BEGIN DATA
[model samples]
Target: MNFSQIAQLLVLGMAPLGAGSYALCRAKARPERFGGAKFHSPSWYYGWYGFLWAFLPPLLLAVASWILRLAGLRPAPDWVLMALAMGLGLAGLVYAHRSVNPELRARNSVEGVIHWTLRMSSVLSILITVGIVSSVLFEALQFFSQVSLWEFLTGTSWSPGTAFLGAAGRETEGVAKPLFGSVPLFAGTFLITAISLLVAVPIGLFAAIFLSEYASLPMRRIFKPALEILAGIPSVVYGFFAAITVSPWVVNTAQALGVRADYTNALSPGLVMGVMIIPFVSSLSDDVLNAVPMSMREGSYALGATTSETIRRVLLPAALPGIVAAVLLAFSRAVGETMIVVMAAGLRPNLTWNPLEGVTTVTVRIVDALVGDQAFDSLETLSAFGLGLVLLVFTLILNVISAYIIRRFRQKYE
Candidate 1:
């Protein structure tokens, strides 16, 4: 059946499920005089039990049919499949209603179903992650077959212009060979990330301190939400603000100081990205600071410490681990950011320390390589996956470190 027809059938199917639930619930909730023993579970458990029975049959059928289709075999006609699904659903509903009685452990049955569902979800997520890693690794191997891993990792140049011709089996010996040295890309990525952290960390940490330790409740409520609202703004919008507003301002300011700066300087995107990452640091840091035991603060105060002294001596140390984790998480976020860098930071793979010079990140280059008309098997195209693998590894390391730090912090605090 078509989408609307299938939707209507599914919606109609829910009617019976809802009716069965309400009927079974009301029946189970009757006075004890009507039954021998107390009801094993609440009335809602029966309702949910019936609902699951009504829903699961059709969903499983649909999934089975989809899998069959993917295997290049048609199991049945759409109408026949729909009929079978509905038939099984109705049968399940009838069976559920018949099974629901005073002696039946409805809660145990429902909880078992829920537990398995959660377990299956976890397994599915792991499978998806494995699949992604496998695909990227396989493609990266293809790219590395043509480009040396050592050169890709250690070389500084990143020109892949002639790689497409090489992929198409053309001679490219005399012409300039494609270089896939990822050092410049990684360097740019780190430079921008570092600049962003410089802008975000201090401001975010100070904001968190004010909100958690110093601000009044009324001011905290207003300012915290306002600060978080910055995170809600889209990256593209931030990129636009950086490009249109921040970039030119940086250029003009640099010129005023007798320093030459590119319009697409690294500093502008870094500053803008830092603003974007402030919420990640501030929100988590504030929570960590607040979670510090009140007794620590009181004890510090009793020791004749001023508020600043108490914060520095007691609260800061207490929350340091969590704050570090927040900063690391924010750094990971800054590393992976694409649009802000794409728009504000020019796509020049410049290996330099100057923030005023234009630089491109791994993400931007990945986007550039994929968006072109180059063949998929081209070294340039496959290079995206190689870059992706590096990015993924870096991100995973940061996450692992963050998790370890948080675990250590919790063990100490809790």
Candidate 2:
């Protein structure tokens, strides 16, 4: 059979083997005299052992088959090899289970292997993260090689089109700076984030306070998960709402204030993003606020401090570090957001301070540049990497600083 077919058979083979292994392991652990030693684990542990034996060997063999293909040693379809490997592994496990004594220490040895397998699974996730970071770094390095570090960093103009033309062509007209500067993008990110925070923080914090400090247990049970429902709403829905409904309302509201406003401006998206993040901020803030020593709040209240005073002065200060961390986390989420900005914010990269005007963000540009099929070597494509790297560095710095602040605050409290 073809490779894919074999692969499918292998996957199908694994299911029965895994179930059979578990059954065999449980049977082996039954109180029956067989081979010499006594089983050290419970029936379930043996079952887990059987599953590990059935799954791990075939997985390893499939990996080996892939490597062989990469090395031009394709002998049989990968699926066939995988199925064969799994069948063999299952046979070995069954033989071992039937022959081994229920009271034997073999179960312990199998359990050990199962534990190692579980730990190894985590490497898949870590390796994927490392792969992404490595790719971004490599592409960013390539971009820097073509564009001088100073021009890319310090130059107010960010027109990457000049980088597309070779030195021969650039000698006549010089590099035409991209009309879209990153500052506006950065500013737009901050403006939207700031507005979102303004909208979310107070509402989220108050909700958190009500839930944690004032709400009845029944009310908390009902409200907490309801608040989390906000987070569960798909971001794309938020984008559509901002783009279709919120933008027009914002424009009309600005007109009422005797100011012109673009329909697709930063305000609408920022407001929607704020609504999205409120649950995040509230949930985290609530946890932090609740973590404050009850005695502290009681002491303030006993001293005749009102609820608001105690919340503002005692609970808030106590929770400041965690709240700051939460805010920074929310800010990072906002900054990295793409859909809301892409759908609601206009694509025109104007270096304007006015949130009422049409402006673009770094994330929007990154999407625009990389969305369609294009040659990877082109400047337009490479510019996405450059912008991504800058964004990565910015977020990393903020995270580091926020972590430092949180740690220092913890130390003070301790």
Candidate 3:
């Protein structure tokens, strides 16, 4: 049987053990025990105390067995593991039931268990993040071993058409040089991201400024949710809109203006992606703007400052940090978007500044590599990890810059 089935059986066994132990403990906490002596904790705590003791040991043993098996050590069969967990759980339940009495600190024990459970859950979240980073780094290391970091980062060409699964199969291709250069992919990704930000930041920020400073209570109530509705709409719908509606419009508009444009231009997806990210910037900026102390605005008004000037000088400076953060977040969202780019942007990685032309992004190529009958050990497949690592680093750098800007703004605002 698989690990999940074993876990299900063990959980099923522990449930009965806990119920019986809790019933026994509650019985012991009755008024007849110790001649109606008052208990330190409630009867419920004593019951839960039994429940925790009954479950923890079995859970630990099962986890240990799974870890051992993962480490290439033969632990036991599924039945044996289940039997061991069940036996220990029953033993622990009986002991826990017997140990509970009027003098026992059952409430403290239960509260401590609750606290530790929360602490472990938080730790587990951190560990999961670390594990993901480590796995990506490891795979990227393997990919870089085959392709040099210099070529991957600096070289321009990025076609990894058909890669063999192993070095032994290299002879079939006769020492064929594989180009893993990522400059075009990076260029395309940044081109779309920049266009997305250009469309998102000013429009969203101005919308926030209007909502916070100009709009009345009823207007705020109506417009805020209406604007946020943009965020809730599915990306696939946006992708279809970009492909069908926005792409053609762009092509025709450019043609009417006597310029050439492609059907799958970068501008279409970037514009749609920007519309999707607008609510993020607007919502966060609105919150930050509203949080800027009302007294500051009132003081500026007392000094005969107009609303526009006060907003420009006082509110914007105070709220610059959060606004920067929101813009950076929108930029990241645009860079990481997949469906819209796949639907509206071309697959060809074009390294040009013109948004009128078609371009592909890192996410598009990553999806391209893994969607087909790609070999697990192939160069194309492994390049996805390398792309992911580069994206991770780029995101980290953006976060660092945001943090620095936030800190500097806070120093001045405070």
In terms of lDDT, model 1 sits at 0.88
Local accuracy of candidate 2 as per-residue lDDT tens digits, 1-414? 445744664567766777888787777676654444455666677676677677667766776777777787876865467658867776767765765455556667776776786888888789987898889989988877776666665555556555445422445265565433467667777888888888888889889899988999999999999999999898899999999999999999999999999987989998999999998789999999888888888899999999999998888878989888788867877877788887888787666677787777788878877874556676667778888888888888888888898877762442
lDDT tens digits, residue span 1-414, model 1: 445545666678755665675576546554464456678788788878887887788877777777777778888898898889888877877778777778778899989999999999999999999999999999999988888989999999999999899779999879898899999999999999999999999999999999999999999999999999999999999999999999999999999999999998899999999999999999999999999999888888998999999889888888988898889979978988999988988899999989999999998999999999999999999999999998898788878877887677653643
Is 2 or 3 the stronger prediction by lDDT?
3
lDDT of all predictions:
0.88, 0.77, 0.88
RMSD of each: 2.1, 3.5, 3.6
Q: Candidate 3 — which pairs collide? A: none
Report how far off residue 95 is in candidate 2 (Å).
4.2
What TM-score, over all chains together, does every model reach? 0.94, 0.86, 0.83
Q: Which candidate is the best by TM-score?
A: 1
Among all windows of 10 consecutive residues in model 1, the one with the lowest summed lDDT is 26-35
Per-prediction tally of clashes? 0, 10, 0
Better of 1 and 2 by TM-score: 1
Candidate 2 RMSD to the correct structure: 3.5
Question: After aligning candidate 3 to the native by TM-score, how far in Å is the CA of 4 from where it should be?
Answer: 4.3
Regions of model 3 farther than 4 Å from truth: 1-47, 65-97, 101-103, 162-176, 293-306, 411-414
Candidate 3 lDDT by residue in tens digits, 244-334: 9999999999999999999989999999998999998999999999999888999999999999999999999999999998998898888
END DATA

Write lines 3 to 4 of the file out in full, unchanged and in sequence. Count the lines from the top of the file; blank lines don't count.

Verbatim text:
Candidate 1:
């Protein structure tokens, strides 16, 4: 059946499920005089039990049919499949209603179903992650077959212009060979990330301190939400603000100081990205600071410490681990950011320390390589996956470190 027809059938199917639930619930909730023993579970458990029975049959059928289709075999006609699904659903509903009685452990049955569902979800997520890693690794191997891993990792140049011709089996010996040295890309990525952290960390940490330790409740409520609202703004919008507003301002300011700066300087995107990452640091840091035991603060105060002294001596140390984790998480976020860098930071793979010079990140280059008309098997195209693998590894390391730090912090605090 078509989408609307299938939707209507599914919606109609829910009617019976809802009716069965309400009927079974009301029946189970009757006075004890009507039954021998107390009801094993609440009335809602029966309702949910019936609902699951009504829903699961059709969903499983649909999934089975989809899998069959993917295997290049048609199991049945759409109408026949729909009929079978509905038939099984109705049968399940009838069976559920018949099974629901005073002696039946409805809660145990429902909880078992829920537990398995959660377990299956976890397994599915792991499978998806494995699949992604496998695909990227396989493609990266293809790219590395043509480009040396050592050169890709250690070389500084990143020109892949002639790689497409090489992929198409053309001679490219005399012409300039494609270089896939990822050092410049990684360097740019780190430079921008570092600049962003410089802008975000201090401001975010100070904001968190004010909100958690110093601000009044009324001011905290207003300012915290306002600060978080910055995170809600889209990256593209931030990129636009950086490009249109921040970039030119940086250029003009640099010129005023007798320093030459590119319009697409690294500093502008870094500053803008830092603003974007402030919420990640501030929100988590504030929570960590607040979670510090009140007794620590009181004890510090009793020791004749001023508020600043108490914060520095007691609260800061207490929350340091969590704050570090927040900063690391924010750094990971800054590393992976694409649009802000794409728009504000020019796509020049410049290996330099100057923030005023234009630089491109791994993400931007990945986007550039994929968006072109180059063949998929081209070294340039496959290079995206190689870059992706590096990015993924870096991100995973940061996450692992963050998790370890948080675990250590919790063990100490809790």